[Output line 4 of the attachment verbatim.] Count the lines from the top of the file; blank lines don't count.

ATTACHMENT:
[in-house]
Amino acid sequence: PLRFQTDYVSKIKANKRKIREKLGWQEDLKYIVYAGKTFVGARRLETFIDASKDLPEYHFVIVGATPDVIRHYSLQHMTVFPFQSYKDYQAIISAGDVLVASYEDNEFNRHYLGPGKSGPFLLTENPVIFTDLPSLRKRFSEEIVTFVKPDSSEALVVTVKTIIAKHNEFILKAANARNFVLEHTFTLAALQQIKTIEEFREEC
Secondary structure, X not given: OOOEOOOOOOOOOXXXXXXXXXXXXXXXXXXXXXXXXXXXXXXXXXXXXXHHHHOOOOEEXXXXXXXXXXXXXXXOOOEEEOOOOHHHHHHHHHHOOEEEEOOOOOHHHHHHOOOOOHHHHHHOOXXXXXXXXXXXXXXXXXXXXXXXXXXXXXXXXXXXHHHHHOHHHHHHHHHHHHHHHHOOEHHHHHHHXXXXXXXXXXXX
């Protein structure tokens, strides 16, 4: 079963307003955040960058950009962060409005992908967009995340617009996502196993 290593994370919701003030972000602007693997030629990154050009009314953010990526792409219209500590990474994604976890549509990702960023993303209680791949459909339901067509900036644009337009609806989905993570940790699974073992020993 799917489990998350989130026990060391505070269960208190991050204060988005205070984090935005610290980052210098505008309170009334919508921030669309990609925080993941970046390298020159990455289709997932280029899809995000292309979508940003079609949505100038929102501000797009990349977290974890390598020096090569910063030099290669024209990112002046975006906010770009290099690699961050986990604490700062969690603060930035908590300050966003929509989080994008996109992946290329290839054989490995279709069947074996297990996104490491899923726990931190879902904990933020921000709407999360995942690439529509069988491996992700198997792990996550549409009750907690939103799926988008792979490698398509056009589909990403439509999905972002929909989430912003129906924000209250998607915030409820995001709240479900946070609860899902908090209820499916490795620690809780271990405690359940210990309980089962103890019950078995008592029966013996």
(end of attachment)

């Protein structure tokens, strides 16, 4: 079963307003955040960058950009962060409005992908967009995340617009996502196993 290593994370919701003030972000602007693997030629990154050009009314953010990526792409219209500590990474994604976890549509990702960023993303209680791949459909339901067509900036644009337009609806989905993570940790699974073992020993 799917489990998350989130026990060391505070269960208190991050204060988005205070984090935005610290980052210098505008309170009334919508921030669309990609925080993941970046390298020159990455289709997932280029899809995000292309979508940003079609949505100038929102501000797009990349977290974890390598020096090569910063030099290669024209990112002046975006906010770009290099690699961050986990604490700062969690603060930035908590300050966003929509989080994008996109992946290329290839054989490995279709069947074996297990996104490491899923726990931190879902904990933020921000709407999360995942690439529509069988491996992700198997792990996550549409009750907690939103799926988008792979490698398509056009589909990403439509999905972002929909989430912003129906924000209250998607915030409820995001709240479900946070609860899902908090209820499916490795620690809780271990405690359940210990309980089962103890019950078995008592029966013996």